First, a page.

Researchers with the Coastal and Inland Flooding Observation and Warning (CI-FLOW) project are preparing for Sandy to test their total water level system in North Carolina this weekend. The CI-FLOW system captures the complex interaction between rainfall, river flows, waves, tides and storm surge, and how they impact water levels in the Tar-Pamlico and Neuse Rivers and the Pamlico Sound in North Carolina.
CI-FLOW collects data from a computing system that combines radar and rain gauge information to create estimates of rainfall. This information is passed on to water quantity models that simulate freshwater flows from the headwaters of the basins into the rivers; taking into account soil type, slope of the land and vegetation patterns. Finally, water flow data is passed from river models to a coastal circulation and storm surge model that provides simulations of waves, tides and storm surge.
National Weather Service forecasters will have access to CI-FLOW during Sandy to help them evaluate the system for application in the flood and flash flood warning process.
The CI-FLOW project is motivated by NOAA’s critical forecast need for detailed water level predictions in coastal areas and has a vision to transition CI-FLOW research findings and technologies to other U.S. coastal watersheds.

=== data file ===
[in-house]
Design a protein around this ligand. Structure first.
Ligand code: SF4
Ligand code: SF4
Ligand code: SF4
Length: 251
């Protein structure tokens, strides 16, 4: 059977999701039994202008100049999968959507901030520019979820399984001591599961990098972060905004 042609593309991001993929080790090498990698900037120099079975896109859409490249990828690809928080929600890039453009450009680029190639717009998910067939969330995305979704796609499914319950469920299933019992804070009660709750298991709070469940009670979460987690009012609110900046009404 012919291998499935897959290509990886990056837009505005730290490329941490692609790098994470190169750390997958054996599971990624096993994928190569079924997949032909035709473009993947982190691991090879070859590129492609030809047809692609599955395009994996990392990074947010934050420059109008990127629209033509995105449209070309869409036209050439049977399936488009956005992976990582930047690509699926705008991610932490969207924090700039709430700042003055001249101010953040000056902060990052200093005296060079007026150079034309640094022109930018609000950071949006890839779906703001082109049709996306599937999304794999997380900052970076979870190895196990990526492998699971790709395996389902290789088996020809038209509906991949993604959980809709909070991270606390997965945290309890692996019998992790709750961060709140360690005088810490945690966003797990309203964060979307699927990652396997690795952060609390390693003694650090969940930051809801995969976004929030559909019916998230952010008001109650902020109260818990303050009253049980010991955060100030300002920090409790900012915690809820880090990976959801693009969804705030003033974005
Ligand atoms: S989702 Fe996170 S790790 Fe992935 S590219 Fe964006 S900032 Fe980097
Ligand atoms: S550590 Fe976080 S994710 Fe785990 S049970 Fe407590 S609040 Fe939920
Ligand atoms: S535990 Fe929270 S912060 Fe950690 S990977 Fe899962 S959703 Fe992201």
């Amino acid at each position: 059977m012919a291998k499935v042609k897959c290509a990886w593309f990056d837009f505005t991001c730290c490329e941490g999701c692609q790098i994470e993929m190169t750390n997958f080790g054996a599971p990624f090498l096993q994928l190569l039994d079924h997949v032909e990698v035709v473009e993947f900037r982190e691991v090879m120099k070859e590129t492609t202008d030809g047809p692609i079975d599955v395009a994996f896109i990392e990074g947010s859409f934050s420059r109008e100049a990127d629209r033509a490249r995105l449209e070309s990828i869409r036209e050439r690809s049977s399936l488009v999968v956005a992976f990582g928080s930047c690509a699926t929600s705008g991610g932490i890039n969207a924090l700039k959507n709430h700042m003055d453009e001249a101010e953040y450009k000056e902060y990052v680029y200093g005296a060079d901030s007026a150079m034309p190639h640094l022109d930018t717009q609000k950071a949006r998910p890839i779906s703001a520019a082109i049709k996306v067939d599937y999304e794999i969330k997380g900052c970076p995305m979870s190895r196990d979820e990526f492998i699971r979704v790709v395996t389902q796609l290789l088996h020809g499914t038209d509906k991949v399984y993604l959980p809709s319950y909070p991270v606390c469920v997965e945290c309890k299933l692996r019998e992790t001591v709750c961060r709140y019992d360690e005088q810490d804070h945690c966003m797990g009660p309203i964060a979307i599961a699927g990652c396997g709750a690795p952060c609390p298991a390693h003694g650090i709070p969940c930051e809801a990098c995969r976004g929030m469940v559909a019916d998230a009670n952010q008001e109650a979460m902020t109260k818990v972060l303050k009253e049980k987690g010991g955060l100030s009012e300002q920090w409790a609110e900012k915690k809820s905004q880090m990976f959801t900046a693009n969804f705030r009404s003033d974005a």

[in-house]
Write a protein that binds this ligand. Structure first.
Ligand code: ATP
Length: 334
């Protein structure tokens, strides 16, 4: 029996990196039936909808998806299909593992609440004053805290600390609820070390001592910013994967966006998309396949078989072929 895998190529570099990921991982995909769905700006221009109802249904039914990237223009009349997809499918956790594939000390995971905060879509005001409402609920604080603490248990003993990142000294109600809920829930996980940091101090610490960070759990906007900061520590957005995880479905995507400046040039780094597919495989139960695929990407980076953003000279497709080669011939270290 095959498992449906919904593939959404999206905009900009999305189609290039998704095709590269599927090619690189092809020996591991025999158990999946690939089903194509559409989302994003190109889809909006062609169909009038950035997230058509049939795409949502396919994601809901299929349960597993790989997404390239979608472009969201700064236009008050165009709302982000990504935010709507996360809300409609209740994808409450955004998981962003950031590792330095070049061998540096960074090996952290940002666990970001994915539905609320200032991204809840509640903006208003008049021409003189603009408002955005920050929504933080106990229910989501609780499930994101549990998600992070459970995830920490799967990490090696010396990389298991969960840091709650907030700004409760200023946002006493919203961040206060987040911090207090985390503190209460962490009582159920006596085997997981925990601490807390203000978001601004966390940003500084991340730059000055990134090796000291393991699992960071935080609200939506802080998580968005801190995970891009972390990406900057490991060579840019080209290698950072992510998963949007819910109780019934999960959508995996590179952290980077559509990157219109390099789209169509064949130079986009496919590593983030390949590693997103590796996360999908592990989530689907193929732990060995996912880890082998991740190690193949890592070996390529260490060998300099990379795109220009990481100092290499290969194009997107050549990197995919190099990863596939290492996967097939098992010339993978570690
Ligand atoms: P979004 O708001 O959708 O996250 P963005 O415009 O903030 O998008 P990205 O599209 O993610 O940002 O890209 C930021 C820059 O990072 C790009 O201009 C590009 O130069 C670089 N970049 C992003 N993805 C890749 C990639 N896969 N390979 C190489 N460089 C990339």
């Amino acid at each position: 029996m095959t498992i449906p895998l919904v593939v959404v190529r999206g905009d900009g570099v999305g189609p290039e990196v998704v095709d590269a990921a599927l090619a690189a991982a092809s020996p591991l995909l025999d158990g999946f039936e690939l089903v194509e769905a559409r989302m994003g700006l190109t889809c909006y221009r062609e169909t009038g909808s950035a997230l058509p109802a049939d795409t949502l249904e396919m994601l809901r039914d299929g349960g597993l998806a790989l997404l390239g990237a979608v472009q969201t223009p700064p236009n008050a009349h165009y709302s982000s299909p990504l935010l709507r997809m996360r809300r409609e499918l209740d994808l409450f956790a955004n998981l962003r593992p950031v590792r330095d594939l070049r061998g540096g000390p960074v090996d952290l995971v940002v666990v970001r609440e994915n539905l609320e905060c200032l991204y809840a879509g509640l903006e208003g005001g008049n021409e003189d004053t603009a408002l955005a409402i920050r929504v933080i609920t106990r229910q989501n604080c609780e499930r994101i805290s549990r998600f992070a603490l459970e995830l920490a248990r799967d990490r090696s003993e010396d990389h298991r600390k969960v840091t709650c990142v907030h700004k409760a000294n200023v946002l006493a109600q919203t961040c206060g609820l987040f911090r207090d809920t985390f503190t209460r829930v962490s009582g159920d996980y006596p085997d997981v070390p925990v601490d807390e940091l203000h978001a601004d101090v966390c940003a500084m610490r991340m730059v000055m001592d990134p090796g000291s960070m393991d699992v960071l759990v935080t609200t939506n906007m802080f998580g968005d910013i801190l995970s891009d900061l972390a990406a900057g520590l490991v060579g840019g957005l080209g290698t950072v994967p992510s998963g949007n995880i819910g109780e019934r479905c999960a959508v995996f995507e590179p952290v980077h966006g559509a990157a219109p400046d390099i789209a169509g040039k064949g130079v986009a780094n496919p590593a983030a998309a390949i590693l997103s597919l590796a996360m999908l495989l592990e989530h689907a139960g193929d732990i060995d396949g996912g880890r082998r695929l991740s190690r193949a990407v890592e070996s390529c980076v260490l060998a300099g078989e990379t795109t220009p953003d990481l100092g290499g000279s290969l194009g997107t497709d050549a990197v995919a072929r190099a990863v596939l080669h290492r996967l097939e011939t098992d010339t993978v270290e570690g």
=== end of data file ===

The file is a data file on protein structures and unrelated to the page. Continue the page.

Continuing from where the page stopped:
The NOAA National Severe Storms Laboratory with support from the NOAA National Sea Grant Office leads the unique interdisciplinary team including the North Carolina, South Carolina, and Texas Sea Grant Programs, University of Oklahoma, Renaissance Computing Institute (RENCI), University of North Carolina at Chapel Hill, Seahorse Consulting, NWS Forecast Offices in Raleigh, and Newport/Morehead City, NWS Southeast River Forecast Center, NOAA’s Coastal Services Center, NOAA in the Carolinas, NOAA Southeast and Caribbean Regional Team (SECART), NOAA-Integrated Ocean Observing System, Department of Homeland Security, Center of Excellence-Natural Disasters, Coastal Infrastructure and Emergency Management, Centers for Ocean Sciences Education Excellence SouthEast, Coast Survey Development Laboratory and NWS Office of Hydrologic Development.